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Live Review: Santana + The Doobie Brothers - Vector Arena, Auckland (+ Photos)

Live Review: Santana + The Doobie Brothers - Vector Arena, Auckland (+ Photos)

By Fluffy / Wednesday 19th April, 2017 11:30AM

Ever lauded by my mum as her favourite Woodstock performer, Santana has received preference over the likes of Jimi Hendrix and Janis Joplin amongst the first influencers on my musical taste. A single word springs to mind at the prospect of combining the widely commended guitarist with The Doobie Brothers on stage for the evening: classic.

The Doobie Brothers did not take long to establish themselves as titans of old school, foot-tappin’, good time rock ‘n’ roll. The line up boasted founding members Tom Johnston and Pat Simmons, as well as mainstay member John McFee and consisted of three guitarists, and an adept keyboardist and saxophonist. The air of the group onstage harked back to a very particular era of American rock 'n' roll, whose contrast to stripped back, modern day band arrangements was revitalising.

There was an endearing air of earnestness amongst the family crowd with three die-hard fans dancing ecstatically against the barrier without any trace of worldly care.

My inner genre-nerd’s impulses pricked up when the Brothers introduced one track as ‘post-psychedelic’. While what followed had more momentum of melody then other tunes I would use that term to describe, it did contain a variety of sonic textures complimenting drastic, abrupt changes of dynamics and arrangement. The spotlight-dotted keyboard solo was definitely a set highlight. It featured enticing ebb and flow between teasing tempo increases during honky-tonk chords to stellar, lightning paced lead runs.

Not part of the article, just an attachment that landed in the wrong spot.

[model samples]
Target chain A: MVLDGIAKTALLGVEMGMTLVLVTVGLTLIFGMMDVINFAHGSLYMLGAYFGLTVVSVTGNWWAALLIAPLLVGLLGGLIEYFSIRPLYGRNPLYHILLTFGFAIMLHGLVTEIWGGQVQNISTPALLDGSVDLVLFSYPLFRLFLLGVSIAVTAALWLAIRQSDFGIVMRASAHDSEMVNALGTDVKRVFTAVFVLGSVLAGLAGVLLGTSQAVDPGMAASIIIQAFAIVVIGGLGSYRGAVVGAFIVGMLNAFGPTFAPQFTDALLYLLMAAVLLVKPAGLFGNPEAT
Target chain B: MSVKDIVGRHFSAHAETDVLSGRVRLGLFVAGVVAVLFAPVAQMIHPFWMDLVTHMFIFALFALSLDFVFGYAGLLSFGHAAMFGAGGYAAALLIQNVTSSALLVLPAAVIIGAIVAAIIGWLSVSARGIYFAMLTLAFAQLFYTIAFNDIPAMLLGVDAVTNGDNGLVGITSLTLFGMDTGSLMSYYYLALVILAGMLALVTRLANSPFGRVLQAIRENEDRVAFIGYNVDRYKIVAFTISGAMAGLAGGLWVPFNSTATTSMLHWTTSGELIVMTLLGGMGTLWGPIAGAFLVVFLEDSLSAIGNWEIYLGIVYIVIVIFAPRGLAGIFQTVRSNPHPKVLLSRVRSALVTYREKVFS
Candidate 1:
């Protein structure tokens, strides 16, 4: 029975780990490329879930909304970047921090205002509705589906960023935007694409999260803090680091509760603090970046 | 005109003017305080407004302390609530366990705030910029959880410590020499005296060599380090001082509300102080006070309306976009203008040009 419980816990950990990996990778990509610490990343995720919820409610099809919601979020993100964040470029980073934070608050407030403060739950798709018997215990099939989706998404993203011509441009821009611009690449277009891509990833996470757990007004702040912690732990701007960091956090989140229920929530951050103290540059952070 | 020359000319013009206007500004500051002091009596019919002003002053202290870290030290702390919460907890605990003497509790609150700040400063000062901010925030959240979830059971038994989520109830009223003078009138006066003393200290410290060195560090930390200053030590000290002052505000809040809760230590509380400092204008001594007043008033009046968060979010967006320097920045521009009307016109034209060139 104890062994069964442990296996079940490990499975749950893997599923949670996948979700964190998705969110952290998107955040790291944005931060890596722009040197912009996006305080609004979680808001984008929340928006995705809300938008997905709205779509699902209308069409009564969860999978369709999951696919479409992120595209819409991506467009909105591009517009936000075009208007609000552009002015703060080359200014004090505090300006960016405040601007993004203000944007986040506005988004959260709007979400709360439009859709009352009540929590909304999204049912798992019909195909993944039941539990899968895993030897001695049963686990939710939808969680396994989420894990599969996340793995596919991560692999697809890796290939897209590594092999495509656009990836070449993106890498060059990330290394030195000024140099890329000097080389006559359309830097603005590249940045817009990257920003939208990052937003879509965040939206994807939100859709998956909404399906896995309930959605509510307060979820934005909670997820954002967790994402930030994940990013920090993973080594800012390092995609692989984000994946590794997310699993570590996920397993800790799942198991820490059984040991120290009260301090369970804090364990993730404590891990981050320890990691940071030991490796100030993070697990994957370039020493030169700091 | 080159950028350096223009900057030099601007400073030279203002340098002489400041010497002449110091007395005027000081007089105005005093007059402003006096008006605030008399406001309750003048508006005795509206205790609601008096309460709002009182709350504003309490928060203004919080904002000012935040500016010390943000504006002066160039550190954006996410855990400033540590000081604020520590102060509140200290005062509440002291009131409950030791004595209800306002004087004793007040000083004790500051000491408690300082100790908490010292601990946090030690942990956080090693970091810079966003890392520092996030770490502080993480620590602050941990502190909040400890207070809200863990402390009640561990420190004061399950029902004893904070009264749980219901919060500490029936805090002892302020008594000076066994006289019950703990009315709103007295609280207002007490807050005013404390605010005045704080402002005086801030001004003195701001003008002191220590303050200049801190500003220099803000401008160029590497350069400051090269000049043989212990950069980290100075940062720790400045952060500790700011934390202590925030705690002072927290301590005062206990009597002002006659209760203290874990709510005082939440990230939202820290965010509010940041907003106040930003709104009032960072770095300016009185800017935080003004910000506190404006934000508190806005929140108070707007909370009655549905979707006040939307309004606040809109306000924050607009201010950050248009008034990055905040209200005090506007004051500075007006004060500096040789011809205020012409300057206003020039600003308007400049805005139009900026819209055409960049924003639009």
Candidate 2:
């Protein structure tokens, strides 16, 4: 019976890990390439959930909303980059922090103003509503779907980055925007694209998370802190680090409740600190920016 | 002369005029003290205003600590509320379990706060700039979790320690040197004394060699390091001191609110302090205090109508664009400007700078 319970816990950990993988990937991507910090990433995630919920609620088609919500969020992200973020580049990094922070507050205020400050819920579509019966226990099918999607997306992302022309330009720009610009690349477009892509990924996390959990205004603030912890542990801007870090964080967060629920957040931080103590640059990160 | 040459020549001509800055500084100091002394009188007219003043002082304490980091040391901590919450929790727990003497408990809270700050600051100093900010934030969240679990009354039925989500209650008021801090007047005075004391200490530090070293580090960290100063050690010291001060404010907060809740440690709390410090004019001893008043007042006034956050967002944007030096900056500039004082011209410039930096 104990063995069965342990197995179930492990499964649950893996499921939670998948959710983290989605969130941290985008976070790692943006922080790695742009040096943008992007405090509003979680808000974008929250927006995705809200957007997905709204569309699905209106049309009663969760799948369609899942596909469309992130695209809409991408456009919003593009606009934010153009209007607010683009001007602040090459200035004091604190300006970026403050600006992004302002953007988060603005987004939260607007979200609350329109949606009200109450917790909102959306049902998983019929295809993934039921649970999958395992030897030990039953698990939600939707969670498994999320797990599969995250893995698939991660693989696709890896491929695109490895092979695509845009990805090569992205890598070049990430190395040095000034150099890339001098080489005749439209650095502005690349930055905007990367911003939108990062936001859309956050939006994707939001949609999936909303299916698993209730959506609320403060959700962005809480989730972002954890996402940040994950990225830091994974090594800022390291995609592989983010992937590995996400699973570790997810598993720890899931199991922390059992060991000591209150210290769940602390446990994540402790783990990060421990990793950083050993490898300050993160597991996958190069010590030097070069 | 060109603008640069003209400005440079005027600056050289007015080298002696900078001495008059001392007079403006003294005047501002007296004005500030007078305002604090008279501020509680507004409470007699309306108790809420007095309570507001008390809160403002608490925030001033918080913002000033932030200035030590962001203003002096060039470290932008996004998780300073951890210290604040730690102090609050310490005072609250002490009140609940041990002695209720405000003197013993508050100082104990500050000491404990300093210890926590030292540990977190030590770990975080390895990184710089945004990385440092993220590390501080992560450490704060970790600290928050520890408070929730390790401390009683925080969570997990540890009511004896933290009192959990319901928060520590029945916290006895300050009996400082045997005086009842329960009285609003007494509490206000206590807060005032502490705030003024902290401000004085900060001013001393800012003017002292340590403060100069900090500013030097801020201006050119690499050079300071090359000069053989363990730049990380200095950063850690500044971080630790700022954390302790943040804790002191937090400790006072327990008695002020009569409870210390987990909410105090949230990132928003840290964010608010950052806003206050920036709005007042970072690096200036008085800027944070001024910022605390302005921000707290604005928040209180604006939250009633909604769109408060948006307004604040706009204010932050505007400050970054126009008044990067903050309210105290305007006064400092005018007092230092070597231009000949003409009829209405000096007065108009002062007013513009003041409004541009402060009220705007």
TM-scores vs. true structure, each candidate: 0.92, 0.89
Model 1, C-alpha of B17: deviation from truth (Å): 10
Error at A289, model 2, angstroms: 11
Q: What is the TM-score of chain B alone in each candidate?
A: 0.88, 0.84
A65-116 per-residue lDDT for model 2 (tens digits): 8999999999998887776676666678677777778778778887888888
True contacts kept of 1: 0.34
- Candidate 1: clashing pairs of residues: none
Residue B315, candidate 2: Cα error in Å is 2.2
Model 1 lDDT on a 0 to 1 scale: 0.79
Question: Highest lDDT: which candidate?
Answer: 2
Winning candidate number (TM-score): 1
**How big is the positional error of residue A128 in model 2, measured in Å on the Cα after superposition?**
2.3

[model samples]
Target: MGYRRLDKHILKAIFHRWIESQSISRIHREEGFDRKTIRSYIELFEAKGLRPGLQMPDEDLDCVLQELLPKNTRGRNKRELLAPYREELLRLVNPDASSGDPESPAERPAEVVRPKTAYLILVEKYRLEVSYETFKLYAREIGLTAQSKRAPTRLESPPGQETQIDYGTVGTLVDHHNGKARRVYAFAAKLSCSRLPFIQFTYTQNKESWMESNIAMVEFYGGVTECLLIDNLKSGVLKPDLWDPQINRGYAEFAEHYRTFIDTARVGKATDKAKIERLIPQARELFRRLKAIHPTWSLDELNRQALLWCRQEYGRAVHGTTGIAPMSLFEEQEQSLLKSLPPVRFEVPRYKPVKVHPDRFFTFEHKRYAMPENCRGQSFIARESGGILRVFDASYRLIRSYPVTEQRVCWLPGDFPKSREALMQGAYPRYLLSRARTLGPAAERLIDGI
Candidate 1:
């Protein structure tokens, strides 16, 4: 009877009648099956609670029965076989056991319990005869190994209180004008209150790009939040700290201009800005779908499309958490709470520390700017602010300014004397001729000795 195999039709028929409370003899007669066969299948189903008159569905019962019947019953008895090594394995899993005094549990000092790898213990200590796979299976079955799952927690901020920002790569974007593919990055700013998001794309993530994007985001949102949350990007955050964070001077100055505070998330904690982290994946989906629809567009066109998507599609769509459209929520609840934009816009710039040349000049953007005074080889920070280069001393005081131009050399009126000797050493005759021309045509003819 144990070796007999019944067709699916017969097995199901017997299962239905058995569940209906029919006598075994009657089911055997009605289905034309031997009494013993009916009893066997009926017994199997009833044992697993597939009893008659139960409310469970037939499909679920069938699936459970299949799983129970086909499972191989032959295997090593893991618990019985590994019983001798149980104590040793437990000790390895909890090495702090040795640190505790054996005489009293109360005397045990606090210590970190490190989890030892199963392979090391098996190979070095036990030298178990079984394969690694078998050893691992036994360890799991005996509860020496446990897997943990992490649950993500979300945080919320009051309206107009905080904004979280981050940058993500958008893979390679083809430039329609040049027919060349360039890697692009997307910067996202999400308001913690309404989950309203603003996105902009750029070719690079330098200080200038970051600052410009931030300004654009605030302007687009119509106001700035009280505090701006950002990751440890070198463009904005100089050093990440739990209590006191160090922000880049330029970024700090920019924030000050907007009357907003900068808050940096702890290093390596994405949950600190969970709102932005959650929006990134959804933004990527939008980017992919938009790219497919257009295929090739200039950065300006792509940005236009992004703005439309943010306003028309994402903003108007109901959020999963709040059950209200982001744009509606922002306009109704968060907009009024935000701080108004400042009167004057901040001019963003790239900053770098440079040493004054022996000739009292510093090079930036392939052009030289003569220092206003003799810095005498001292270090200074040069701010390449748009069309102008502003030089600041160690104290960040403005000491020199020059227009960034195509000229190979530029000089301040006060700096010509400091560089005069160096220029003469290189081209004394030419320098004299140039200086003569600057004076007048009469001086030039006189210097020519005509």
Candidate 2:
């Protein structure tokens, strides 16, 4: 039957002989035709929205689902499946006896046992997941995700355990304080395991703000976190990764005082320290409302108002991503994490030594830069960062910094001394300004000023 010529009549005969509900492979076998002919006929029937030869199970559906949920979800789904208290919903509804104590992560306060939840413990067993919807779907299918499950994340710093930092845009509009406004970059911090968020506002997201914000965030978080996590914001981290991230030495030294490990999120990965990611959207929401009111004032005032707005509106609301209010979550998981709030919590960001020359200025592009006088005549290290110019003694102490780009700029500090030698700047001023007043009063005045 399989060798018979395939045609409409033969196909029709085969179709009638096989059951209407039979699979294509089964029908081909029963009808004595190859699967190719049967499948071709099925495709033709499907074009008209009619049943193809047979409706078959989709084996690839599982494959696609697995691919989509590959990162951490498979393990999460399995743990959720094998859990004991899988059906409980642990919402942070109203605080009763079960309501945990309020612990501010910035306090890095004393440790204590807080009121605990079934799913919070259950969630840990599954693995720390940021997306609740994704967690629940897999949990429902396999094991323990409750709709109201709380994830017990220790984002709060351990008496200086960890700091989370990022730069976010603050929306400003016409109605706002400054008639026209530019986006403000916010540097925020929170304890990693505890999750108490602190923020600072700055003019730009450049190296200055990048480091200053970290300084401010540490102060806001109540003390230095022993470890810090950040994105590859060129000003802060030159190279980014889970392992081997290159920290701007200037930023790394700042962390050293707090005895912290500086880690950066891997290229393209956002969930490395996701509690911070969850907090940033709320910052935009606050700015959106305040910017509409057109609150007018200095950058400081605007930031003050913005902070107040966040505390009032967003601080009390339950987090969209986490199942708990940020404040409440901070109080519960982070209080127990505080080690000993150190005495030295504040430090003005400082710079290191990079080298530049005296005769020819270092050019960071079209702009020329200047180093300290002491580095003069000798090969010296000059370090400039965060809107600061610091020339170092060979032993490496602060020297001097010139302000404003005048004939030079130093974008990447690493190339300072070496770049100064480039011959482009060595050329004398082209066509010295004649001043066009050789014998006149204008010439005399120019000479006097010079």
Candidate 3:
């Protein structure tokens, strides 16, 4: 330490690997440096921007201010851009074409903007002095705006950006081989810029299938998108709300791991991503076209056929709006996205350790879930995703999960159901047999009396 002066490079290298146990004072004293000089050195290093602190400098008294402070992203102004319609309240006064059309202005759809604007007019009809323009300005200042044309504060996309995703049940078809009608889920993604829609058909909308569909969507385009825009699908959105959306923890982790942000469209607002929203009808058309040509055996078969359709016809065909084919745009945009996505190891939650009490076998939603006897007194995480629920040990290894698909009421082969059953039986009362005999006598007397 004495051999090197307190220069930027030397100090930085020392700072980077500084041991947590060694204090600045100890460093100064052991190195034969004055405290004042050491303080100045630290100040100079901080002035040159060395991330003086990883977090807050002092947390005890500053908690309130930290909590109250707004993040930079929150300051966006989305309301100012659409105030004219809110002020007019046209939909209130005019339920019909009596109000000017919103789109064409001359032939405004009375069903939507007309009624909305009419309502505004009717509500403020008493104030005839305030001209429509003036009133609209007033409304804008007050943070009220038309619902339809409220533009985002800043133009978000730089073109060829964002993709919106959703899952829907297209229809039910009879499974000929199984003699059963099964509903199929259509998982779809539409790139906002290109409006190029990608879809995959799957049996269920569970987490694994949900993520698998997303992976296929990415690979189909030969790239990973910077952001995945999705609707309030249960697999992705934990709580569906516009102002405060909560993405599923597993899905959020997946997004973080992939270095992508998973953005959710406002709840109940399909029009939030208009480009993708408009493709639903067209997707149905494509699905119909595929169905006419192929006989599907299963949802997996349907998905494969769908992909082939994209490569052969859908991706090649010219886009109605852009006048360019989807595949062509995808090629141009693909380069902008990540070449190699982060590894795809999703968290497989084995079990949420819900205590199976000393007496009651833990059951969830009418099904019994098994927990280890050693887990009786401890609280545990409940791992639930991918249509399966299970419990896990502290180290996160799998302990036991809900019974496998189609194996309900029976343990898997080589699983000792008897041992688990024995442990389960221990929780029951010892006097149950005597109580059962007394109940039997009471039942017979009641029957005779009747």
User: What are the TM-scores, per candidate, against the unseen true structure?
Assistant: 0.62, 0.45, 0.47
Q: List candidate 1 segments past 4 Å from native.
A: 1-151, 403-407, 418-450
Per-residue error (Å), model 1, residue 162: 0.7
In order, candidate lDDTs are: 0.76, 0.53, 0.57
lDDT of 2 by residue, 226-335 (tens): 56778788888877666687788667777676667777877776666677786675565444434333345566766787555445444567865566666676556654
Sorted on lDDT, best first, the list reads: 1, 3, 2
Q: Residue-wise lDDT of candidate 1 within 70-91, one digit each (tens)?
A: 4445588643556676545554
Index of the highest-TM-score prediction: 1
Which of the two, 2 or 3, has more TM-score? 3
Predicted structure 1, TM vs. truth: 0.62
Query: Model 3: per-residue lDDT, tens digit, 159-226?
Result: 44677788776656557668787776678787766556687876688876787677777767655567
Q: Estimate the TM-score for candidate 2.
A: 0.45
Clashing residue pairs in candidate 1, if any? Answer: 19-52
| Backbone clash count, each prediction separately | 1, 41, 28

By the second half of the set, the majority of revellers had forgone the comfort of their seats in favour of the surprisingly upbeat Tuesday night boogie as choppy guitar rhythms lead us into a brief foray into funk territory before delving firmly back into finger wagging, highway driving rock. To close proceedings the time-honoured rocker tropes of a four-man guitar line and shout outs to the Devil’s lettuce garnered roars from the crowd.

A brief but welcomed intermission gave way to an immense instrumental introduction, wherein new comers to the stage flexed their musical muscle. In his company, Carlos Santana had an immensely talented backing band, which included an incomparably tight rhythm section, complete with two immensely equipped drum kits and congas as well as two effortlessly soulful vocalists, who also took to brass and maracas when not belting out swoony tunes. The mammoth grooves laid down were nothing short of infectious in their Latin-fusion style.

Inter-song banter was charmingly delivered with a smooth manner of speech. The mention of ‘being a beam of light’ and leaving emotional baggage at the door in order to adequately celebrate being a human being definitely reminded me of conversations situated in the 60s.

At one point Mr Santana asked if the band was too loud, to which I sheepishly replied “a little bit”, with the weight of the pumping PA system starting to fatigue my ears. His most widely recognised track, 'Black Magic Woman' was played, blessedly before 11pm and received a flawlessly-timed full treatment of stage light emphasis. Beyond that, my eyelids began to droop and the long voyage home began with shredding solos and pumping rhythms still ringing in my ears.


Check out some epic photos of Santana and band in action below, courtesy of Amanda Ratcliffe...


Santana
Santana
Santana
Santana
Santana
Santana
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